Related Videos

Top 10 Aerosmith Songs

VO: Rebecca Brayton
Formed in 1970 in Boston, Massachusetts, Aerosmith is a hard rock band with blues influences. They have become one of the most successful American rock acts ever and are still going strong today. For this list, we’ve chosen our entries based on a combination of the artist’s fan favorites and their most commercially successful songs. Join as we count down our picks for the Top 10 Aerosmith Songs. Special thanks to our users Eric Burns, juli8554, aldqbigsquare, RobinCoasterTycoon3, LoCoAWESOME, Jimmy Washington for submitting the idea on our Suggest Page at WatchMojo.comsuggest

You must register to a corporate account to download this video. Please login

These Bad Boys from Boston are also known as America’s Greatest Rock and Roll Band. Welcome to and today we're counting down our picks for the Top 10 Aerosmith Songs.

For this list, we’ve chosen our entries based on a combination of the artist’s fan favorites and their most commercially successful songs.

#10: “Mama Kin”
Aerosmith (1973)

As the first single off Aerosmith’s self-titled debut, this track helped introduce the band’s hard rock and blues rock sound. Though it didn’t make it to the American pop charts, “Mama Kin” has endured thanks to its mix of guitar riffs, solid backbeat and use of saxophone. And even though it was recorded in the early’70s, it remains a constant inclusion in the band’s live sets.

#9: “Back in the Saddle”
Rocks (1976)

With its growly Joe Perry-penned riff, Steven Tyler’s yodeling and some equestrian audio effects, the heavy “Back in the Saddle” is a great example of the band’s combined musical talents. It’s also got some fine production work by Jack Douglas and an anthemic nature, both of which surely helped “Back in the Saddle” reach the Billboard Hot 100’s top forty.

#8: “Rag Doll”
Permanent Vacation (1987)

The last single from Aerosmith’s ninth record is a four-and-a-half minute number that blends elements of hard rock, glam metal and funk metal. But that’s not all: thanks to Joey Kramer’s memorable drum beat, Perry’s slide guitar and some horns, “Rag Doll” peaked within the Billboard Hot 100’s top twenty.

#7: “Dude (Looks Like a Lady)”
Permanent Vacation (1987)

Just as the title suggests, this Permanent Vacation single is about a man who is mistaken for a woman because of the way he looks. Aside from its intriguing lyrics, “Dude (Looks Like a Lady)” also features plenty of hooks and the use of sax, trombone and so much more. By peaking at number 14 on the Billboard Hot 100, the song also gave Aerosmith their first top forty hit in almost a decade and inspired the film “Mrs. Doubtfire.”

#6: “Cryin’”
Get a Grip (1993)

While “Crazy” was another top twenty hit off Get a Grip, it’s that same album’s fourth single that lands here. With its blues-rock and hard rock flavors, the power ballad hit number 12 on the American charts and reached the top 20 of several European charts. However, we can’t forget its popular music video either, as it marked Alicia Silverstone’s first collaboration in their short films.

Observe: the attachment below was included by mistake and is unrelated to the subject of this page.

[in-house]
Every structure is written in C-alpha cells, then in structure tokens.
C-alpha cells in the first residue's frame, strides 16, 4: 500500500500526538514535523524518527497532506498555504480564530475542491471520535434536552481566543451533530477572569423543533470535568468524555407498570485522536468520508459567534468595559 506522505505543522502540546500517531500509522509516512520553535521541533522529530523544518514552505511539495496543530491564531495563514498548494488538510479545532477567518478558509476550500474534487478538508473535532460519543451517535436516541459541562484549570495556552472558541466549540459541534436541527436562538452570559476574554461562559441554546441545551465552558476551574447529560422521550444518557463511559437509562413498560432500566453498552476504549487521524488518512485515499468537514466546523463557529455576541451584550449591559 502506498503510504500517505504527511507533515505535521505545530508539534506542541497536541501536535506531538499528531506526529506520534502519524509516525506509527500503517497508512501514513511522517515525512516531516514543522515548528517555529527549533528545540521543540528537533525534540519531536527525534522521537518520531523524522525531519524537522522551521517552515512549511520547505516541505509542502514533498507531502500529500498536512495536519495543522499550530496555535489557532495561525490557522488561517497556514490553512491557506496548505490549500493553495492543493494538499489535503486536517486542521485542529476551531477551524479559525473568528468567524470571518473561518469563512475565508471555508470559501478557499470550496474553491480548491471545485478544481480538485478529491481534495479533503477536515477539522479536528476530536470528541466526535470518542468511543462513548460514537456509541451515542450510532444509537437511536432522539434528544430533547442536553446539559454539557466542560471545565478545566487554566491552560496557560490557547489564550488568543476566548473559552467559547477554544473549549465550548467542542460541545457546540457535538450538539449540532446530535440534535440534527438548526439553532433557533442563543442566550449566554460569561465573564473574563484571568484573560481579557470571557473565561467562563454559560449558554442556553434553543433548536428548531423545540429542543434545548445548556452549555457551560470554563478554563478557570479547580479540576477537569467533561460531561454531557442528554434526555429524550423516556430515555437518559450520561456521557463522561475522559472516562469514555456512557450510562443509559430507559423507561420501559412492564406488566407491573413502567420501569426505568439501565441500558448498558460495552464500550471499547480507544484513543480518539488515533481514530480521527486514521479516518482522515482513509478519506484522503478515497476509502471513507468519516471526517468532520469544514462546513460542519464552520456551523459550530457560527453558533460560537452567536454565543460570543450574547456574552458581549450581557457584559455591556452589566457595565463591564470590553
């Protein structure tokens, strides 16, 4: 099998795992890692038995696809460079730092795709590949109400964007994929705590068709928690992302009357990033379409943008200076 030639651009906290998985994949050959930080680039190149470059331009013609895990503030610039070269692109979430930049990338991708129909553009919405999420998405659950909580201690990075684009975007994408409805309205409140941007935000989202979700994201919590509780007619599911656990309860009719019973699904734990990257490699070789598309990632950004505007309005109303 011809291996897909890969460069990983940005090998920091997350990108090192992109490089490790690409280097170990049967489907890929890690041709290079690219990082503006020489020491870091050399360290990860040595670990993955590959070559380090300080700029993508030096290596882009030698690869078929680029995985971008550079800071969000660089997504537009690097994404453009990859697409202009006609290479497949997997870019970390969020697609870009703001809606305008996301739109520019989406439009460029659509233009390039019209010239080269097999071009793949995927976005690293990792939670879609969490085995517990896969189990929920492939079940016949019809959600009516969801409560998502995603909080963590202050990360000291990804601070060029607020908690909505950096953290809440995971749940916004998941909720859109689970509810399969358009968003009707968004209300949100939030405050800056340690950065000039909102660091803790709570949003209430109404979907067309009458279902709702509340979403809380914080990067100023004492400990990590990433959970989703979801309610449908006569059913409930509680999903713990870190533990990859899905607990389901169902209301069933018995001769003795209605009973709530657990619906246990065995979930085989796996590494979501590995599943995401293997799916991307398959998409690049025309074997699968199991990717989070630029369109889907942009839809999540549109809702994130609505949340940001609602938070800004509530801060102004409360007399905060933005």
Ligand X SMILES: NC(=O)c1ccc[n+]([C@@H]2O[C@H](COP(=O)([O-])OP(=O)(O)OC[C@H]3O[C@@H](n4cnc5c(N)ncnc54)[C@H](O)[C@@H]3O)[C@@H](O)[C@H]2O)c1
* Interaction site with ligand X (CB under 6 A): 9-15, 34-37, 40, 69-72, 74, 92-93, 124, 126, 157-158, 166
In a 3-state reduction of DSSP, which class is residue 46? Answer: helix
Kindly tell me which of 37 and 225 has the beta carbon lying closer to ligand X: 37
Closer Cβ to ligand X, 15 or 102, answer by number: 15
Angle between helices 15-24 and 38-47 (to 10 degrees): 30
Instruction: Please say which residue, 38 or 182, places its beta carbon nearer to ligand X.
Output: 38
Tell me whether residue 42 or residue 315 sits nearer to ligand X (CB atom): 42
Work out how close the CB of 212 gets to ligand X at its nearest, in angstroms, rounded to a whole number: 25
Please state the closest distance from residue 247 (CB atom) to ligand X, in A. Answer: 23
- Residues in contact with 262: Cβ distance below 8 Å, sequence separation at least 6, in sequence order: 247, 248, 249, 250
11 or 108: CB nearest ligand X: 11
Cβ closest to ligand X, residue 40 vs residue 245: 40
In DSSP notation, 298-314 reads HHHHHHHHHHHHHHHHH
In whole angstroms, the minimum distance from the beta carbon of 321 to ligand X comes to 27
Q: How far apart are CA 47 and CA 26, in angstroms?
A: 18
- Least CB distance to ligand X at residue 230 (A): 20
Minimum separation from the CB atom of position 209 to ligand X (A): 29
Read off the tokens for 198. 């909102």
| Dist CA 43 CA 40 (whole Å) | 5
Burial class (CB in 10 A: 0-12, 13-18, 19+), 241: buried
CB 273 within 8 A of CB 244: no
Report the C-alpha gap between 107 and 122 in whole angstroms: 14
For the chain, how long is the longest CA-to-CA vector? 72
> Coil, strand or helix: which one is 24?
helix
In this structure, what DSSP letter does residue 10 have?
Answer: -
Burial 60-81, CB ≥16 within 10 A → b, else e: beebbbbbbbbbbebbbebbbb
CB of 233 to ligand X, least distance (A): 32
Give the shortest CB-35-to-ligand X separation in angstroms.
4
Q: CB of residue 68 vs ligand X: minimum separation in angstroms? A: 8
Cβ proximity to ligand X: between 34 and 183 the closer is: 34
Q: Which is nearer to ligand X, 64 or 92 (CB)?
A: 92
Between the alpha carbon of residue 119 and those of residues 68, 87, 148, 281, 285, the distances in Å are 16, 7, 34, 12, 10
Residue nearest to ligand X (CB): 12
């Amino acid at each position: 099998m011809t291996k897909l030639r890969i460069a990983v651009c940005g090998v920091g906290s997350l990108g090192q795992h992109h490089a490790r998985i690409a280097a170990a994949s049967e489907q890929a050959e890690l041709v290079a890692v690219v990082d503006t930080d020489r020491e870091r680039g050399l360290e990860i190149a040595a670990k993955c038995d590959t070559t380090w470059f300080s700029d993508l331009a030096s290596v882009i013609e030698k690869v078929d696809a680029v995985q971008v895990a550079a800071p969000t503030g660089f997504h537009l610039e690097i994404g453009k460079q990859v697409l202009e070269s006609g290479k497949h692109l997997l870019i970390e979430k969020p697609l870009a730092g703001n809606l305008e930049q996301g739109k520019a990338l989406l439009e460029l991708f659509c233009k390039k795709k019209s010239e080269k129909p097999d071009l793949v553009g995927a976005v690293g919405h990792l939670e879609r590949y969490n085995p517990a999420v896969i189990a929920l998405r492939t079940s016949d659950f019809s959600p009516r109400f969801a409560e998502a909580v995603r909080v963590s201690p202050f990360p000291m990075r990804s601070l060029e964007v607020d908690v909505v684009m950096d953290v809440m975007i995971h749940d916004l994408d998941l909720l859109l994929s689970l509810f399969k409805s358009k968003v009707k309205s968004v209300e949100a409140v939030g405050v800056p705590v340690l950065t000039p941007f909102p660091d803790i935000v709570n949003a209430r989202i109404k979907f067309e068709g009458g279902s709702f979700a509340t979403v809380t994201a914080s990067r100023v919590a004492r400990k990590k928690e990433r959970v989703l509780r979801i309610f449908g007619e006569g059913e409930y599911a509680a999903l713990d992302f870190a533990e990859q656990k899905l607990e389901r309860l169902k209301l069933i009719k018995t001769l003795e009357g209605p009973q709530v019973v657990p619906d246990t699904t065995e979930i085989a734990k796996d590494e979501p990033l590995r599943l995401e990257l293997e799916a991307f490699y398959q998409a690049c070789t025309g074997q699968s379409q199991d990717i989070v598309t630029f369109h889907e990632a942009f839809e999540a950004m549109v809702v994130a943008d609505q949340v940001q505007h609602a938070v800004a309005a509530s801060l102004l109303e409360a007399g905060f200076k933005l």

#5: “Janie’s Got a Gun”
Pump (1989)

With Pump’s second single, Aerosmith took their lyrics down a darker path than they’re normally known for by exploring child abuse and gun violence. Despite the risqué themes, “Janie’s Got a Gun” became a top five smash and nabbed the band their first Grammy ever. Its David Fincher-directed music video also won two MTV VMAs.

#4: “Love in an Elevator”
Pump (1989)

Opening with an intro by a female elevator operator, this track off Pumpcombines hard rock and glam metal so successfully it became a Billboard Hot 100 top five hit. Reportedly inspired by one of Tyler’s real-life experiences, “Love in an Elevator” is often incorporated into the band’s live shows because it’s such a fan favorite. It was also accompanied by a memorable music video.

#3: “Walk This Way”
Toys in the Attic (1975)

With Perry’s recognizable guitar riff and Tyler’s rapid-fire lyrics, Aerosmith’s second single from Toys in the Attic took the masses by storm. But it was its rerelease 11 years later – featuring the flavors of the one of the most influential hip-hop groups of all time – that revived Aerosmith’s career. The 1986 collaboration between Run-D.M.C., Tyler and Perry also paved the way for rap rock, and launched the hip-hoppers to mainstream popularity.

#2: “Sweet Emotion”
Toys in the Attic (1975)

This hard rocker off Toys in the Attic helped launch the band to mainstream audiences by becoming their first Billboard Hot 100 top forty single. Peaking at number 36, the sweet tune remains ingrained in our musical memories thanks the band’s use of the talk box, bass marimba and multiple guitars. It also helped its parent album garner critical and commercial success.

Honorable Mentions

- “What It Takes” Pump (1989)
- “I Don’t Want to Miss a Thing” Armageddon: The Album (1998)
- “Eat the Rich” Get a Grip (1993)
- “Last Child” Rocks (1976)
- “Livin’ on the Edge” Get a Grip (1993)
- “Crazy” Get a Grip (1993)

#1: “Dream On”
Aerosmith (1973)

It may’ve only reached the Billboard Hot 100’s top sixty when it was initially released, but this power ballad from Aerosmith’s debut is everything we love about the band and so much more. Featuring Tyler’s signature screaming vocals, some killer guitar and an unforgettable musical climax, is it any wonder the 1976 rerelease eventually pushed its way into the U.S. top 10? Not only does “Dream On” have a special place in our hearts; it’s also a band live staple.

Do you agree with our list? What’s your favorite Aerosmith song? For more top 10s published daily, be sure to subscribe to

Sign in to access this feature

Related Blogs